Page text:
All too soon, it's time to go home, and I hope yet again that the hugs, smiles and enriching conversations will lovingly sustain and hold me throughout the coming year, enabling me to go about my life with integrity. The challenge for me is to find ways to recreate this same sense of community, love, passion and depth in my everyday life.

Friday, January 04, 2013

New Year's Intentions

God, grant me the serenity to accept the things I cannot change,
The courage to change the things I can,
And the wisdom to know the difference.(Serenity Prayer)

New Years is a good time for being intentional about self-improvement, and to reflect on what we can change and what we can't. A quick google search revealed that the top ten most common New Year's resolutions people tend to make are: get organised, help others, quit smoking, quit drinking, learn a new skill, get fit, lose weight, get out of debt, have more fun and spend more time with family and friends. Many of them remind me of past resolutions well kept and not so well kept. One year I wrote down everything I planned to do before I turned 30 and methodically went about achieving them. Last year I lost ten kilos, went on a yoga retreat by myself, started riding my bike again and completed more postgraduate studies. This year, I thought I would be courageous and share the "adventures" I plan to embark on, and it seems there is something for the mind, body and soul!

Firstly, I plan to be more deliberate about how I nurture my mind. With studies out of the way, I can choose my own sources of mental inspiration. One friend likes to send me links to songs or movies that he thinks I might like. It's nice - gives us something to discuss later, and reminds me that I'd like to do more sharing of inspirational and thought-provoking music, books and movies. So my plan is to join a book-club or movie club so I can get ideas for interesting reads or films and talk about them with others afterwards. Also, I've booked two tickets to see the wise and beautiful Archie Roach in concert!

For my body I've already set myself the physical challenge of walking the Overland Track, a 6 day hike in Tasmania. As with planning for any big adventure, it seems as if the universe is checking how determined I really am to achieve this goal. For example, when planning a one day hike with my mother as part of my training, we were faced with gloomy-looking rain clouds, the fear of mum falling down midway through and me having to somehow carry her out to safety, and the threat of "noticeably steep hills" written into the track notes. We seriously considered giving up and doing a shorter day walk. But we did the hike in the end, and the sound of mum's voice from the kitchen when we had returned saying "what a glorious achievement!" over again reminded me that sometimes it's important to feel the fear and do it anyway.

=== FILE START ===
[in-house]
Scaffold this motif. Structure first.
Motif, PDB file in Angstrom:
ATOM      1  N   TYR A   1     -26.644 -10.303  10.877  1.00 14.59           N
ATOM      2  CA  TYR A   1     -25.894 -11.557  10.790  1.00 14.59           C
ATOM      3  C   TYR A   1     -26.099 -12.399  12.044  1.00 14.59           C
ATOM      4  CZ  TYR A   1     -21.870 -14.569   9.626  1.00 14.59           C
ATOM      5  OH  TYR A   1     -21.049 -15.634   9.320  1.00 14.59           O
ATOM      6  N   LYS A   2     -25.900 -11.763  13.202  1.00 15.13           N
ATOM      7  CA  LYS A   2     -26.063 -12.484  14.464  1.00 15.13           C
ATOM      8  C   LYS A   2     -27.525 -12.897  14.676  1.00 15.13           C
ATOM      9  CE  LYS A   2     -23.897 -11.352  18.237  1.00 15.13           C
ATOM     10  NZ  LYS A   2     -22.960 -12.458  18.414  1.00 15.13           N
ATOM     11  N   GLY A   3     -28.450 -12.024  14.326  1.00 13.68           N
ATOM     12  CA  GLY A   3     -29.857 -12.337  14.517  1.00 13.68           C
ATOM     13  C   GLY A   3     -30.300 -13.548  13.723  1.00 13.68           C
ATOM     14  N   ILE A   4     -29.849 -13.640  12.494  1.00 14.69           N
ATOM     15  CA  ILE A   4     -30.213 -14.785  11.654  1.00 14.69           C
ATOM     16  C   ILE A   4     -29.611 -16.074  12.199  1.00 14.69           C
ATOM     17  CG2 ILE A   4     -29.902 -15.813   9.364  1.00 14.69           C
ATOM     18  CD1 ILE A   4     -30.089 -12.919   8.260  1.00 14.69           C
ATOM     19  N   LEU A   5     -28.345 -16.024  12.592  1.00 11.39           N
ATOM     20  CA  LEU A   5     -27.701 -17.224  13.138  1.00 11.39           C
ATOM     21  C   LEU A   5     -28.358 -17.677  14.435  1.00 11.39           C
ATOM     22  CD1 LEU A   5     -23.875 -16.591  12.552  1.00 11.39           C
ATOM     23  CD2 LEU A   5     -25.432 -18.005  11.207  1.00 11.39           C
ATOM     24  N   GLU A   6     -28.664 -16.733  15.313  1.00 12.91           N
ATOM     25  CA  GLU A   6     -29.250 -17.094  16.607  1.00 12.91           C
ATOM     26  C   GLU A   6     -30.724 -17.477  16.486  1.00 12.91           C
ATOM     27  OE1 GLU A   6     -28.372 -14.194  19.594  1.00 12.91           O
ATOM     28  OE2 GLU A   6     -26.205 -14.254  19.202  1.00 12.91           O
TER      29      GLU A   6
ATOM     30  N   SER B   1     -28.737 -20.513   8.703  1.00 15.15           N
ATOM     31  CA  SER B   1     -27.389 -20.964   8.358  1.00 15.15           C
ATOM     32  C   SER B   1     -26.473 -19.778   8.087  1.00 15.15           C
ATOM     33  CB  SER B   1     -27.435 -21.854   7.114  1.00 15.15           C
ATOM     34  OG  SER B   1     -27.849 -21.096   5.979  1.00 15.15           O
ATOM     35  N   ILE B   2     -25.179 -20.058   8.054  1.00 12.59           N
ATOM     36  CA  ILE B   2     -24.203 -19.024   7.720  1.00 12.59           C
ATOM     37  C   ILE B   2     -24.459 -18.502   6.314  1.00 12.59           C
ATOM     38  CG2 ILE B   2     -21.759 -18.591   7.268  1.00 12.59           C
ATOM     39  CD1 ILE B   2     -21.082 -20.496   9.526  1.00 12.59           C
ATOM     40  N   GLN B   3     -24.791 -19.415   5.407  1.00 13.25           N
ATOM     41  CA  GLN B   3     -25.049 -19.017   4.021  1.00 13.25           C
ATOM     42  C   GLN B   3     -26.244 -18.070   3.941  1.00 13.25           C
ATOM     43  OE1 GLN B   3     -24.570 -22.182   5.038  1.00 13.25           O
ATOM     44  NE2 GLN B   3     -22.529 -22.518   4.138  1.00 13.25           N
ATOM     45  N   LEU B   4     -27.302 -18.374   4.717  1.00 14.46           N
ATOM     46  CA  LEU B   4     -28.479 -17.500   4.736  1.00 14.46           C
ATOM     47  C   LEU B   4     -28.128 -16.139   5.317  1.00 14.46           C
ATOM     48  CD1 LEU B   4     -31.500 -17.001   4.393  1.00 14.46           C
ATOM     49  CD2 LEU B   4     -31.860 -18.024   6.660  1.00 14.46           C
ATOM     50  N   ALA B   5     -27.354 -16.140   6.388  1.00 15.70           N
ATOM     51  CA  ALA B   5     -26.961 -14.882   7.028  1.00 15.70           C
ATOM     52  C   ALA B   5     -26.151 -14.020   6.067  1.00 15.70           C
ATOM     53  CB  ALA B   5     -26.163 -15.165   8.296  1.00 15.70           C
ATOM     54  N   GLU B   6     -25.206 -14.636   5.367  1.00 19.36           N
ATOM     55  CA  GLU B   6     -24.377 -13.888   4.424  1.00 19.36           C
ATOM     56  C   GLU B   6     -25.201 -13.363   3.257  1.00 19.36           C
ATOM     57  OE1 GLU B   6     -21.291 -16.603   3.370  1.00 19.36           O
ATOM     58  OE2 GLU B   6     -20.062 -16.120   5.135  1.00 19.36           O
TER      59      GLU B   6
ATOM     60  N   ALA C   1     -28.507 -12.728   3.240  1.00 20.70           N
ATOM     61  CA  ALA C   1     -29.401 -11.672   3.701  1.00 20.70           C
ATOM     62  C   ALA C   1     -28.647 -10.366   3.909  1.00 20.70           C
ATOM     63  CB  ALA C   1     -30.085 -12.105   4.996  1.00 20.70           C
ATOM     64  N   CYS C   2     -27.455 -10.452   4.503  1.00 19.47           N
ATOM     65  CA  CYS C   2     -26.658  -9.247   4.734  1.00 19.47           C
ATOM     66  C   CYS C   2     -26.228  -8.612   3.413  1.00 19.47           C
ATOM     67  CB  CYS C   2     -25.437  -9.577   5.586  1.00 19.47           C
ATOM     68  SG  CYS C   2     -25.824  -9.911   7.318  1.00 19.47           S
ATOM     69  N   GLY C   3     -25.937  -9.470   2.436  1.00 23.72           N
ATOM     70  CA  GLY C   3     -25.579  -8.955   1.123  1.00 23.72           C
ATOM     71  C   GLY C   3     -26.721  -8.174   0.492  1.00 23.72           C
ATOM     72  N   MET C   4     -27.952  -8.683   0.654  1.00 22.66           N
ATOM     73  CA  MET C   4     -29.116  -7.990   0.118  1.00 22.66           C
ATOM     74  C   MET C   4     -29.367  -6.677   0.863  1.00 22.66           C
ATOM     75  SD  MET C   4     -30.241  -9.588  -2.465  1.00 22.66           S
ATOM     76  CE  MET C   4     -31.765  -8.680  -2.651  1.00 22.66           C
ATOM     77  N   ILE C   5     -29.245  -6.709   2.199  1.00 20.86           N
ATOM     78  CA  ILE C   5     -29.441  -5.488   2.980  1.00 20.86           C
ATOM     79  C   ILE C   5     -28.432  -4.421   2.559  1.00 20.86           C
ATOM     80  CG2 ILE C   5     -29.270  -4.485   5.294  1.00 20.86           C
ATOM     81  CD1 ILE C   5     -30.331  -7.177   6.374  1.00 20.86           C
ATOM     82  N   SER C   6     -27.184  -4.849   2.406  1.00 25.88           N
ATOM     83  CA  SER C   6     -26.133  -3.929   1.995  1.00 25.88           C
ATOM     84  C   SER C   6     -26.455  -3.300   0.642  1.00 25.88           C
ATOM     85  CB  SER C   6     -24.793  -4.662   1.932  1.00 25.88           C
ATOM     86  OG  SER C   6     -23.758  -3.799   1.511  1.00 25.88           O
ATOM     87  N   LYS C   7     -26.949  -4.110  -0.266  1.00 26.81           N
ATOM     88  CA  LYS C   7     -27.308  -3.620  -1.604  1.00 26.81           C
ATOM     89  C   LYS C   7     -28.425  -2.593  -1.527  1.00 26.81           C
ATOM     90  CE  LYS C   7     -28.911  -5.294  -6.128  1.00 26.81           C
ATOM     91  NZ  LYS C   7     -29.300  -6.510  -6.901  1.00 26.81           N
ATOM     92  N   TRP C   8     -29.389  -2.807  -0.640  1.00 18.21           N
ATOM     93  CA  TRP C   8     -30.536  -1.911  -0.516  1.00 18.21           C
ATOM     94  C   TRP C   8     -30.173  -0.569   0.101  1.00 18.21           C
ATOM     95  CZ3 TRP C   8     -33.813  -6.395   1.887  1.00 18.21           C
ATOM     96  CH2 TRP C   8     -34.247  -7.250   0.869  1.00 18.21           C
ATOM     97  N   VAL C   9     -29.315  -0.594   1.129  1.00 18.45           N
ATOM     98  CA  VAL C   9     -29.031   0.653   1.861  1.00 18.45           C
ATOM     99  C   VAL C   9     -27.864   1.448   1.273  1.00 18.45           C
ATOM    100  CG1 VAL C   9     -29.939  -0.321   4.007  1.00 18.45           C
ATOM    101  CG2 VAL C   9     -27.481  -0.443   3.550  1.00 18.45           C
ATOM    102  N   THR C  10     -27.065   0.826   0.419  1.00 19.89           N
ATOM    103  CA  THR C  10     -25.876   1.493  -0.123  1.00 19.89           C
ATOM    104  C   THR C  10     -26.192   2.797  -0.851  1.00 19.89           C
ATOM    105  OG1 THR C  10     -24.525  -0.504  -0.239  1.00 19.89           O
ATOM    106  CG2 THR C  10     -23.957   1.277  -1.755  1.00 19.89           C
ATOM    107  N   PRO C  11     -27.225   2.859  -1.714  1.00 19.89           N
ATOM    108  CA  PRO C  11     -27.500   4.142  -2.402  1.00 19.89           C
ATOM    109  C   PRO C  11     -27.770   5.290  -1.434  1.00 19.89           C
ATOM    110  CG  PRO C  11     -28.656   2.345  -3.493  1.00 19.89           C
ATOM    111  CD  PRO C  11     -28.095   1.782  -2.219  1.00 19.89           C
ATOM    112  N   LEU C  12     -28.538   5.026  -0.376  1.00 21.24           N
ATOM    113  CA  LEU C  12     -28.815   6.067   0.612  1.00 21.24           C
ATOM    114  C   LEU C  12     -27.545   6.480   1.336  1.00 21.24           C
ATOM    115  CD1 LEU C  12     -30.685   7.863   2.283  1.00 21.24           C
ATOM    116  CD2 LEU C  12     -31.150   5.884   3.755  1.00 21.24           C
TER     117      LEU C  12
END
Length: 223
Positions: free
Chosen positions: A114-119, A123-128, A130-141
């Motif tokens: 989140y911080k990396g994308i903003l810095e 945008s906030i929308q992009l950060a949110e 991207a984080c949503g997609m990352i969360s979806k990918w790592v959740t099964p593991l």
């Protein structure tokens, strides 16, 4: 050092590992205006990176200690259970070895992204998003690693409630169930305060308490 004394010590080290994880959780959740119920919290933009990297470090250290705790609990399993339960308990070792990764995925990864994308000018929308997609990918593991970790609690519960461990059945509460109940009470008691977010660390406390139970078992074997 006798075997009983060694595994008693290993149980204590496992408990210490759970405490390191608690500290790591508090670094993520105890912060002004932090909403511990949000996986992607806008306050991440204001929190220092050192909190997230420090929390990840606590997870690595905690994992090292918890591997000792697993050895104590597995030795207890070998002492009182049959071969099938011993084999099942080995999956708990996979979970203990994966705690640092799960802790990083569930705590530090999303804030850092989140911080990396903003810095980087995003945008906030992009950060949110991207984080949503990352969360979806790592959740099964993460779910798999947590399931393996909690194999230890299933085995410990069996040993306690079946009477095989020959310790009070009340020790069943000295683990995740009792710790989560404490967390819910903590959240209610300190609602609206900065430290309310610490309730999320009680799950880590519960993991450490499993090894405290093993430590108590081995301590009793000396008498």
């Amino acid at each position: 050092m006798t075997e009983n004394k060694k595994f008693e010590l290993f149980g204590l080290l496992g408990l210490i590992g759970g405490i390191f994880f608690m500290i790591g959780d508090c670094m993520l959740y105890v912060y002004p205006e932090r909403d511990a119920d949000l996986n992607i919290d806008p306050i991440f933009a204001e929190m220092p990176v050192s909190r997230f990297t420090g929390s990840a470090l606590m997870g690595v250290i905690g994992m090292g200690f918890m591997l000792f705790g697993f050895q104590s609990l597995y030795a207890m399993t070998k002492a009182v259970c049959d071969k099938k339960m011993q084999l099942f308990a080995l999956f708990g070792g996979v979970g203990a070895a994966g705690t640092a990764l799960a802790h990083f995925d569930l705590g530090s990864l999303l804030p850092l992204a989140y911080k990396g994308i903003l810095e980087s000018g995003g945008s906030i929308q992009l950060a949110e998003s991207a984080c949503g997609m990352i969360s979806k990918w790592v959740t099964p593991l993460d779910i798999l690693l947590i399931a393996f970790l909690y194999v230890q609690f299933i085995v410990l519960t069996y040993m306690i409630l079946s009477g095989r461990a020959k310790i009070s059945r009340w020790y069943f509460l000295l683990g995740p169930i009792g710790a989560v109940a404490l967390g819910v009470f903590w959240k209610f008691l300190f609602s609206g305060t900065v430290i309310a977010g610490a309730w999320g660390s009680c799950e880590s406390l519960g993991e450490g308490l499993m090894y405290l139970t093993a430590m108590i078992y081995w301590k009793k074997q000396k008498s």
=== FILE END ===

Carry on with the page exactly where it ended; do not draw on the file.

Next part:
Nurturing the soul is just as important for me. Many inspirational figures such as Gandhi, Jesus, and the Dalai Lama have talked about times of retreat and stillness that nourish them so that they can go out into the world to be and act. We all need time to reflect, meditate or pray in between times of intense being and doing. So I plan, yet again, to develop some kind of regular spiritual practice, whether it ends up being meditation, yoga, or reading. I might enrol in a Quaker Learning course. Whichever way I go, I have chosen serenity as my aspirational quality for the next few weeks. I plan to get better at accepting the things I can't change in life, and taking more time to smell the flowers.

So, how will I ensure that I keep these resolutions? Perhaps the fulfilment of these goals will be a bit like the sunflower that I photographed in our garden late last year. The first step is to plant the seedling and tell people it's there. Then encourage everyone around to water and nourish the goal, letting the sun shine on it. And hopefully one day it will open into full bloom and sing out to me that with a little courage, serenity and wisdom great things are possible.